But don’t you think it would be interesting for example to try and make the light bulb here? It’s probably a completely different working process and network of technical people, but the experience might be quite interesting. There are all these workshops and studios set up around the film industry. My Dad (John Nankin), would probably be able to help you…
Yeah, of course it would be interesting to do that here, and making the light bulb in Switzerland would also be very different, it would happen in two seconds probably…call someone up and they would have one ready. Here it would be more complex, maybe it would be faster.
But I’m just highly skeptical of this thing of ‘experiencing difference’, because it also gets into this whole mess of the way politics deals with it as well, and culture, to experience ‘diversity.’ For me these things are really interlinked certainly because these residencies are often brought about by western countries wanting to explore the rest of the world. And I’m not saying this from a moralistic point of view. But how do you observe this difference and say something interesting about it without just sucking it dry and putting it back into your work?
What’s interesting about you is that you problematize things all the time and articulate them very well which allows one to reflect quite carefully on how one is spending one’s time and reacting to things. Despite what you just said, you also seem to try to get out of your own head a lot and see things from other’s points of view. And for that reason perhaps your rhythm is quite slow and you make one work a year rather than one work every two weeks. This is a very important part of this residency, first of all the attempt to find an alternative to the automatic reproduction of one’s practice in every new place that one arrives in, but also the possibility of finding confidence in people around one regarding what one is going through as an artist; for me growth has always been linked to moments like these: there is research, working, making mistakes but there is also spending time with other people who give a sense of common ground and relevance to ideas which one has otherwise arrived at intuitively and in isolation.
Leonid, maybe you can tell us how it’s been from your point of view?
When you come to a place like this and there are all these social issues which are blatantly obvious and its also a very new and young society, you feel pressured to engage in some sort of social aspect or make work about the social aspect. For me it was a long time ago but I separated from this in my work and it was a strong break. Dealing with societal involvement for me was very much from a bird’s eye point of view, it was far removed. I made environments for things to happen and for people to engage in but I don’t engage the people, I just make the place. And here I felt this need to engage with people and at this point of development in my practice it’s a good thing to do. To came back into a society, out of the studio, through my practice. I was forced to think about it more and more. Through one kind of experience with a specific person followed by experiences with others. That is how project with Claire came about, through a developed friendship, and the other project addressing an unknown population.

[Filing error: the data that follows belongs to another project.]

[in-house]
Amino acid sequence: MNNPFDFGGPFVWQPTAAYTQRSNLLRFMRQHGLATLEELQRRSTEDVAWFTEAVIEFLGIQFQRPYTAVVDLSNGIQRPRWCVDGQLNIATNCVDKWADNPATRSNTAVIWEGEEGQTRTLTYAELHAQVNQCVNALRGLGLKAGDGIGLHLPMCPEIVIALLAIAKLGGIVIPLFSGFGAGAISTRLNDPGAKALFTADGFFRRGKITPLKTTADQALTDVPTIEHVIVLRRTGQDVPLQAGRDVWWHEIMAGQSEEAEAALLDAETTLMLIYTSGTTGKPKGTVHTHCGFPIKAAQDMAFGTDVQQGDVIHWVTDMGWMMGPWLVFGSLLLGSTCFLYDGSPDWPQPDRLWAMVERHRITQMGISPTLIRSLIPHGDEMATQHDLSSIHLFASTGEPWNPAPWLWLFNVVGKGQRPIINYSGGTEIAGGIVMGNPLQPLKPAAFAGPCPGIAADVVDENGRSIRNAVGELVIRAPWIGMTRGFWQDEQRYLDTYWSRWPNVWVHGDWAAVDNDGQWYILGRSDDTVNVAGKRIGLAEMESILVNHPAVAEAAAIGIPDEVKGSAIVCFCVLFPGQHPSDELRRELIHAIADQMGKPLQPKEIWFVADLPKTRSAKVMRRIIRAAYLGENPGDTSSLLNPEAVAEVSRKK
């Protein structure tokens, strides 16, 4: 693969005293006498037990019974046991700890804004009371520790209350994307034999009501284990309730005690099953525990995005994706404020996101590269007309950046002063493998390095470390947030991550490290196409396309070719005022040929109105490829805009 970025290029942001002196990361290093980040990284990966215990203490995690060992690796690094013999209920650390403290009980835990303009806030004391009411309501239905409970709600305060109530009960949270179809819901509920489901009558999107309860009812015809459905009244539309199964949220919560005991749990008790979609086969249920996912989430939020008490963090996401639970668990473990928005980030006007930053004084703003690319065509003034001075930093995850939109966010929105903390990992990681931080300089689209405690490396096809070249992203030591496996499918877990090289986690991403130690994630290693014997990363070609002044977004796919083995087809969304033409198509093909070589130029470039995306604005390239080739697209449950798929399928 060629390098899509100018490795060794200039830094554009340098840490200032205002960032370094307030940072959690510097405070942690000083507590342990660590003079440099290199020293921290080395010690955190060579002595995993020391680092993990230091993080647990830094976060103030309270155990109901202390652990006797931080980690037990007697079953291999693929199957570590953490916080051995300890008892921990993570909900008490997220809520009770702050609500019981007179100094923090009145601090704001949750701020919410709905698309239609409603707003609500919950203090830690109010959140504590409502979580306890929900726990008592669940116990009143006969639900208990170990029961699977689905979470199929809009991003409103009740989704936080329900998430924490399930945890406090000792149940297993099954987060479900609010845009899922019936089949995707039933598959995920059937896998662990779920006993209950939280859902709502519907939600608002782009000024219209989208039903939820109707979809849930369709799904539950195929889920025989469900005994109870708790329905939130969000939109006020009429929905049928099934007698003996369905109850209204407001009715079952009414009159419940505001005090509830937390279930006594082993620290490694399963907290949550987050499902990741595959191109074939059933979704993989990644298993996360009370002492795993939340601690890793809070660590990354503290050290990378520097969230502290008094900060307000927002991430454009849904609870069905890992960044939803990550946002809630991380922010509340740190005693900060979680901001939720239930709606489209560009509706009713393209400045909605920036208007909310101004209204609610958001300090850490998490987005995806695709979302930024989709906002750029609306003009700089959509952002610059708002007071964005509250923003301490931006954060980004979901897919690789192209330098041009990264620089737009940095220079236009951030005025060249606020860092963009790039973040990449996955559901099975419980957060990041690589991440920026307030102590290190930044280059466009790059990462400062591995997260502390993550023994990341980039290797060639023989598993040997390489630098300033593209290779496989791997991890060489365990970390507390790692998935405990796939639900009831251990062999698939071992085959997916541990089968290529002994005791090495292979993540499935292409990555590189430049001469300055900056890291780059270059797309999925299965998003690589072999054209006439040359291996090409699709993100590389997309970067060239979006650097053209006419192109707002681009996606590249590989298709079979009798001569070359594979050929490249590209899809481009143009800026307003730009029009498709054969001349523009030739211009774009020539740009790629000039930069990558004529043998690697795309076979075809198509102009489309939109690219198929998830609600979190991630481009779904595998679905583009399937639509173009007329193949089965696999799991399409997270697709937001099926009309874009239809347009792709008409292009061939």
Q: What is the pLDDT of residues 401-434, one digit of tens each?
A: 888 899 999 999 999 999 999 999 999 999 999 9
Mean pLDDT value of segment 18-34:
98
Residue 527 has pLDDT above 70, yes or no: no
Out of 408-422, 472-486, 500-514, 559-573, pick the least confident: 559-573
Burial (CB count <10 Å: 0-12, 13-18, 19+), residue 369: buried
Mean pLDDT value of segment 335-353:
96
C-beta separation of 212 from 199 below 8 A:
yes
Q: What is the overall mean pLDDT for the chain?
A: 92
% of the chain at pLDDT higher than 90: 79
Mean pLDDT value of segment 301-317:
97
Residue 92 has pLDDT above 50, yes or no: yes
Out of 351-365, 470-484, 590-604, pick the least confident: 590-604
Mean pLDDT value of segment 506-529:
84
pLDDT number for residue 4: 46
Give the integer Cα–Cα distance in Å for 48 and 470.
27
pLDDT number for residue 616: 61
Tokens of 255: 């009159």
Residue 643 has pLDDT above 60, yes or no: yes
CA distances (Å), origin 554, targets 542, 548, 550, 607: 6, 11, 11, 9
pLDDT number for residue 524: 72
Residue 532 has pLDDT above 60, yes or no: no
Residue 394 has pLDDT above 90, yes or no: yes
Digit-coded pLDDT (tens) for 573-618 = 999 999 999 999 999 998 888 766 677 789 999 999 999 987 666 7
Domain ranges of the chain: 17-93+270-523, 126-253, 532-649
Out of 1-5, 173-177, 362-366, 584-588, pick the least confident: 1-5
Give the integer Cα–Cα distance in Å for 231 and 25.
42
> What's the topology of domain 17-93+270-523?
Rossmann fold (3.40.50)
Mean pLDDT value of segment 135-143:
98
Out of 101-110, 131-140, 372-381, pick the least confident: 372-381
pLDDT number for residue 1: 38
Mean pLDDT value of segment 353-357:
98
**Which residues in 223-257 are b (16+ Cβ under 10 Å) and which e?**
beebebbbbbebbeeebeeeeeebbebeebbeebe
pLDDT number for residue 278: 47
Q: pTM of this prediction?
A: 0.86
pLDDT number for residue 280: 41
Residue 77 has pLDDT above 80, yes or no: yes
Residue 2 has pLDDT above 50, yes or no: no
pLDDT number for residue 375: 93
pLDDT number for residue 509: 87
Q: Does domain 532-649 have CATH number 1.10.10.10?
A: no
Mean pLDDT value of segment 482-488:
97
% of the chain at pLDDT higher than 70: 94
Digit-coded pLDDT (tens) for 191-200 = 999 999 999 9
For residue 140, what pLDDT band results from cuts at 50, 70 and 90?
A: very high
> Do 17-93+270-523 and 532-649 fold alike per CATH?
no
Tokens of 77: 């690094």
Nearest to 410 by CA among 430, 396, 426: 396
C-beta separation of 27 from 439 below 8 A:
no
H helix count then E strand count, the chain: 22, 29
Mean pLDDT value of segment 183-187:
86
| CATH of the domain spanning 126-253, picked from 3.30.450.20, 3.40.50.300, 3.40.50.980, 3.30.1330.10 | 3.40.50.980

I think Kianoosh was saying that he has an ongoing process, and he doesn’t respond to the environment in the same way. His process is constant and it is directed from one source. For me I think it is the same as for Kianoosh: from the aspect of being involved in an internal research based practice… But as with anyone, wherever you go to, after a while you will respond to the environment and you will start to put it into your practice in varying degree. The situation affects your practice and after a certain time of being in a place you become a part of it. If for example the social context is such a big issue, it forces itself into your work, into your practice, because you are responding to your environment through your work. I mean, you form ideas, you do little things and you connect things together wherever you go and whatever you do. It is a reflection, something which we cannot avoid, no matter if it is very conscious or if it is something that creeps up in the background on a subconscious level.